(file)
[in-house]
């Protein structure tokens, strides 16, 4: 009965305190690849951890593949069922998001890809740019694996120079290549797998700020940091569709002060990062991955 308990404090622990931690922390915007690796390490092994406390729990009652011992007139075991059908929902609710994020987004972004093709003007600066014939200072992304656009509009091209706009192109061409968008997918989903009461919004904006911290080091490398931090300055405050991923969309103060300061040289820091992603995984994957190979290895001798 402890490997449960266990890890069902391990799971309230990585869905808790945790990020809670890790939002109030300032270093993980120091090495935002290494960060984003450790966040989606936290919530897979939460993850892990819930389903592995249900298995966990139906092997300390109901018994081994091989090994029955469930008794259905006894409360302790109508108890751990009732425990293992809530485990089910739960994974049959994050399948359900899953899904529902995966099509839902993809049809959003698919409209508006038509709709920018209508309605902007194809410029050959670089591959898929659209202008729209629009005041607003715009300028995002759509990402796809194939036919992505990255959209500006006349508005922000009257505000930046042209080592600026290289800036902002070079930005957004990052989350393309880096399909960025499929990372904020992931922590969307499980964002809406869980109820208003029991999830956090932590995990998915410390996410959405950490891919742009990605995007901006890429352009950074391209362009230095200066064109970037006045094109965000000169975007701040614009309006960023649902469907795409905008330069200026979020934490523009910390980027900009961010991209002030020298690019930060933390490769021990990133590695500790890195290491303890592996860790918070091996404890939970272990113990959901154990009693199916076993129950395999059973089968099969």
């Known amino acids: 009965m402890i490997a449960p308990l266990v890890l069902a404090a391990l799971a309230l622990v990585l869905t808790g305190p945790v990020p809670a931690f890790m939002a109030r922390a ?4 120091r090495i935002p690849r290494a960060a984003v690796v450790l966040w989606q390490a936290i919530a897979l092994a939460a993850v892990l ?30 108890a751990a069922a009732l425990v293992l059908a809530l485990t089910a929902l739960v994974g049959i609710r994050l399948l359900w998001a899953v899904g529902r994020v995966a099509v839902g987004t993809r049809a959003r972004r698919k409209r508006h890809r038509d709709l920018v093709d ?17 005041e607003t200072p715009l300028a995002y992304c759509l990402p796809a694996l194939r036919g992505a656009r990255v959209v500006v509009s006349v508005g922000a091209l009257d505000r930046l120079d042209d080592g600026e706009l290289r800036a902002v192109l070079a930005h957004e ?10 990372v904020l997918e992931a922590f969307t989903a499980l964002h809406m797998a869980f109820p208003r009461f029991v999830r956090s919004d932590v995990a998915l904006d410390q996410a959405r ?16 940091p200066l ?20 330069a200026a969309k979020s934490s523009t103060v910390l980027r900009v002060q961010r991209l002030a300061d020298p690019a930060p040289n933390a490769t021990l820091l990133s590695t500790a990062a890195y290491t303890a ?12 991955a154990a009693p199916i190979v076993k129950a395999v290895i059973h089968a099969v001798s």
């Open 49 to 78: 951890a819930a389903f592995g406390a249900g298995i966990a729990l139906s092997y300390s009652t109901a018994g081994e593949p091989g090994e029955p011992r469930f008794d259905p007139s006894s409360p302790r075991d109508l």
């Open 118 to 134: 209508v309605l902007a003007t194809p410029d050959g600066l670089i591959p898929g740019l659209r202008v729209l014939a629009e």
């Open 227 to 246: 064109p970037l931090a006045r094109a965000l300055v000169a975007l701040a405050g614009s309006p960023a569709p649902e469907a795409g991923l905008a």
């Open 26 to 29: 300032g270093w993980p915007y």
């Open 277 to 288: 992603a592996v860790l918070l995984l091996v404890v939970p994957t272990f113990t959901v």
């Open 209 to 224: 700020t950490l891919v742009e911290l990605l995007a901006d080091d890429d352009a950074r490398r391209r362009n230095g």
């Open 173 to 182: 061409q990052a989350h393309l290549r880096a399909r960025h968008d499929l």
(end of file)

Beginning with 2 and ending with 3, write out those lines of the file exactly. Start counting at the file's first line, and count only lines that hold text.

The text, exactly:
């Protein structure tokens, strides 16, 4: 009965305190690849951890593949069922998001890809740019694996120079290549797998700020940091569709002060990062991955 308990404090622990931690922390915007690796390490092994406390729990009652011992007139075991059908929902609710994020987004972004093709003007600066014939200072992304656009509009091209706009192109061409968008997918989903009461919004904006911290080091490398931090300055405050991923969309103060300061040289820091992603995984994957190979290895001798 402890490997449960266990890890069902391990799971309230990585869905808790945790990020809670890790939002109030300032270093993980120091090495935002290494960060984003450790966040989606936290919530897979939460993850892990819930389903592995249900298995966990139906092997300390109901018994081994091989090994029955469930008794259905006894409360302790109508108890751990009732425990293992809530485990089910739960994974049959994050399948359900899953899904529902995966099509839902993809049809959003698919409209508006038509709709920018209508309605902007194809410029050959670089591959898929659209202008729209629009005041607003715009300028995002759509990402796809194939036919992505990255959209500006006349508005922000009257505000930046042209080592600026290289800036902002070079930005957004990052989350393309880096399909960025499929990372904020992931922590969307499980964002809406869980109820208003029991999830956090932590995990998915410390996410959405950490891919742009990605995007901006890429352009950074391209362009230095200066064109970037006045094109965000000169975007701040614009309006960023649902469907795409905008330069200026979020934490523009910390980027900009961010991209002030020298690019930060933390490769021990990133590695500790890195290491303890592996860790918070091996404890939970272990113990959901154990009693199916076993129950395999059973089968099969």
């Known amino acids: 009965m402890i490997a449960p308990l266990v890890l069902a404090a391990l799971a309230l622990v990585l869905t808790g305190p945790v990020p809670a931690f890790m939002a109030r922390a ?4 120091r090495i935002p690849r290494a960060a984003v690796v450790l966040w989606q390490a936290i919530a897979l092994a939460a993850v892990l ?30 108890a751990a069922a009732l425990v293992l059908a809530l485990t089910a929902l739960v994974g049959i609710r994050l399948l359900w998001a899953v899904g529902r994020v995966a099509v839902g987004t993809r049809a959003r972004r698919k409209r508006h890809r038509d709709l920018v093709d ?17 005041e607003t200072p715009l300028a995002y992304c759509l990402p796809a694996l194939r036919g992505a656009r990255v959209v500006v509009s006349v508005g922000a091209l009257d505000r930046l120079d042209d080592g600026e706009l290289r800036a902002v192109l070079a930005h957004e ?10 990372v904020l997918e992931a922590f969307t989903a499980l964002h809406m797998a869980f109820p208003r009461f029991v999830r956090s919004d932590v995990a998915l904006d410390q996410a959405r ?16 940091p200066l ?20 330069a200026a969309k979020s934490s523009t103060v910390l980027r900009v002060q961010r991209l002030a300061d020298p690019a930060p040289n933390a490769t021990l820091l990133s590695t500790a990062a890195y290491t303890a ?12 991955a154990a009693p199916i190979v076993k129950a395999v290895i059973h089968a099969v001798s």